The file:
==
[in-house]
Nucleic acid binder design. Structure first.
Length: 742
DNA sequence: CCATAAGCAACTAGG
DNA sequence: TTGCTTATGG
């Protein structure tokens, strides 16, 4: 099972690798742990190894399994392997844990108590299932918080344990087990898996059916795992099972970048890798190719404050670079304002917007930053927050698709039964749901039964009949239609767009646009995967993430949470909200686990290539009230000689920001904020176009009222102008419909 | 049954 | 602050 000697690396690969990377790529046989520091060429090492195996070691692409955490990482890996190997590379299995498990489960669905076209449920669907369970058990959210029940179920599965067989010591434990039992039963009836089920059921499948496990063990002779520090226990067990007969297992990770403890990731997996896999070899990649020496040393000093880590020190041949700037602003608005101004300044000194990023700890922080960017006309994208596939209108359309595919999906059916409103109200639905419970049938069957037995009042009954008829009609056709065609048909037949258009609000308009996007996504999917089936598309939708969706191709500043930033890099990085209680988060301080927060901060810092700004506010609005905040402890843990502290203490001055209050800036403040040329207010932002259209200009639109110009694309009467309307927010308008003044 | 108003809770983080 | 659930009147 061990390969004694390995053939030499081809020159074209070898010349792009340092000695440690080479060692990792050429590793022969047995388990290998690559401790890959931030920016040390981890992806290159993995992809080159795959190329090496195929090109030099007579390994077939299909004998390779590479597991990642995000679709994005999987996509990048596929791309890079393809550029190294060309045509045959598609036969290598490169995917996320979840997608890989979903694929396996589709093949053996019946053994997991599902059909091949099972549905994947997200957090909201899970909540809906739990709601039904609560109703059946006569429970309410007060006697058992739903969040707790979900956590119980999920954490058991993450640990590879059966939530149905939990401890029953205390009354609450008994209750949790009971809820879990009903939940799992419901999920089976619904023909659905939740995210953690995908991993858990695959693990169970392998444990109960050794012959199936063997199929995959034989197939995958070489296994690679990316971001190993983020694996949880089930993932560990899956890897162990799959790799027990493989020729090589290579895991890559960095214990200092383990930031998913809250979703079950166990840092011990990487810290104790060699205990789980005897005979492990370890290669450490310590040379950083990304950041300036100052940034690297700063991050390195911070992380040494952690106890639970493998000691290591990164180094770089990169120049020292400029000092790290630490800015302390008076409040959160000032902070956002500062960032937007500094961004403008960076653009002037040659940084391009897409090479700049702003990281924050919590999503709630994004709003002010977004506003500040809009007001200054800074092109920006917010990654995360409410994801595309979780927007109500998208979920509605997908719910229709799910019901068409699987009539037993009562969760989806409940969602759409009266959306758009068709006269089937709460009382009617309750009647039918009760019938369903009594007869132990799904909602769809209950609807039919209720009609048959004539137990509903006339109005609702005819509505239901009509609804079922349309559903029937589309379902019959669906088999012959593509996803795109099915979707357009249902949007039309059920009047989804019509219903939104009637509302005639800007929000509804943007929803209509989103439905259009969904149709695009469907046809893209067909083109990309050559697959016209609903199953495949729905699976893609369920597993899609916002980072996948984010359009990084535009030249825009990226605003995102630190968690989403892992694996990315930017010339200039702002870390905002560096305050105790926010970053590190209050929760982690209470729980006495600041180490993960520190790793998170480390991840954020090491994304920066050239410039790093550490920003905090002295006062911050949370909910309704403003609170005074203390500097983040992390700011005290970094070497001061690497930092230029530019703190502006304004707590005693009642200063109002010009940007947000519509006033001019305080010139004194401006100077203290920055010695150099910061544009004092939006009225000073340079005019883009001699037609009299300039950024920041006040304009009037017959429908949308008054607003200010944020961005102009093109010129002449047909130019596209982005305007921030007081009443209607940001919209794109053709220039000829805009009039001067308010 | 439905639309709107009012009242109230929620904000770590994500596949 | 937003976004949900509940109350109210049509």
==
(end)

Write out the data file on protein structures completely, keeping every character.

[in-house]
Nucleic acid binder design. Structure first.
Length: 742
DNA sequence: CCATAAGCAACTAGG
DNA sequence: TTGCTTATGG
């Protein structure tokens, strides 16, 4: 099972690798742990190894399994392997844990108590299932918080344990087990898996059916795992099972970048890798190719404050670079304002917007930053927050698709039964749901039964009949239609767009646009995967993430949470909200686990290539009230000689920001904020176009009222102008419909 | 049954 | 602050 000697690396690969990377790529046989520091060429090492195996070691692409955490990482890996190997590379299995498990489960669905076209449920669907369970058990959210029940179920599965067989010591434990039992039963009836089920059921499948496990063990002779520090226990067990007969297992990770403890990731997996896999070899990649020496040393000093880590020190041949700037602003608005101004300044000194990023700890922080960017006309994208596939209108359309595919999906059916409103109200639905419970049938069957037995009042009954008829009609056709065609048909037949258009609000308009996007996504999917089936598309939708969706191709500043930033890099990085209680988060301080927060901060810092700004506010609005905040402890843990502290203490001055209050800036403040040329207010932002259209200009639109110009694309009467309307927010308008003044 | 108003809770983080 | 659930009147 061990390969004694390995053939030499081809020159074209070898010349792009340092000695440690080479060692990792050429590793022969047995388990290998690559401790890959931030920016040390981890992806290159993995992809080159795959190329090496195929090109030099007579390994077939299909004998390779590479597991990642995000679709994005999987996509990048596929791309890079393809550029190294060309045509045959598609036969290598490169995917996320979840997608890989979903694929396996589709093949053996019946053994997991599902059909091949099972549905994947997200957090909201899970909540809906739990709601039904609560109703059946006569429970309410007060006697058992739903969040707790979900956590119980999920954490058991993450640990590879059966939530149905939990401890029953205390009354609450008994209750949790009971809820879990009903939940799992419901999920089976619904023909659905939740995210953690995908991993858990695959693990169970392998444990109960050794012959199936063997199929995959034989197939995958070489296994690679990316971001190993983020694996949880089930993932560990899956890897162990799959790799027990493989020729090589290579895991890559960095214990200092383990930031998913809250979703079950166990840092011990990487810290104790060699205990789980005897005979492990370890290669450490310590040379950083990304950041300036100052940034690297700063991050390195911070992380040494952690106890639970493998000691290591990164180094770089990169120049020292400029000092790290630490800015302390008076409040959160000032902070956002500062960032937007500094961004403008960076653009002037040659940084391009897409090479700049702003990281924050919590999503709630994004709003002010977004506003500040809009007001200054800074092109920006917010990654995360409410994801595309979780927007109500998208979920509605997908719910229709799910019901068409699987009539037993009562969760989806409940969602759409009266959306758009068709006269089937709460009382009617309750009647039918009760019938369903009594007869132990799904909602769809209950609807039919209720009609048959004539137990509903006339109005609702005819509505239901009509609804079922349309559903029937589309379902019959669906088999012959593509996803795109099915979707357009249902949007039309059920009047989804019509219903939104009637509302005639800007929000509804943007929803209509989103439905259009969904149709695009469907046809893209067909083109990309050559697959016209609903199953495949729905699976893609369920597993899609916002980072996948984010359009990084535009030249825009990226605003995102630190968690989403892992694996990315930017010339200039702002870390905002560096305050105790926010970053590190209050929760982690209470729980006495600041180490993960520190790793998170480390991840954020090491994304920066050239410039790093550490920003905090002295006062911050949370909910309704403003609170005074203390500097983040992390700011005290970094070497001061690497930092230029530019703190502006304004707590005693009642200063109002010009940007947000519509006033001019305080010139004194401006100077203290920055010695150099910061544009004092939006009225000073340079005019883009001699037609009299300039950024920041006040304009009037017959429908949308008054607003200010944020961005102009093109010129002449047909130019596209982005305007921030007081009443209607940001919209794109053709220039000829805009009039001067308010 | 439905639309709107009012009242109230929620904000770590994500596949 | 937003976004949900509940109350109210049509």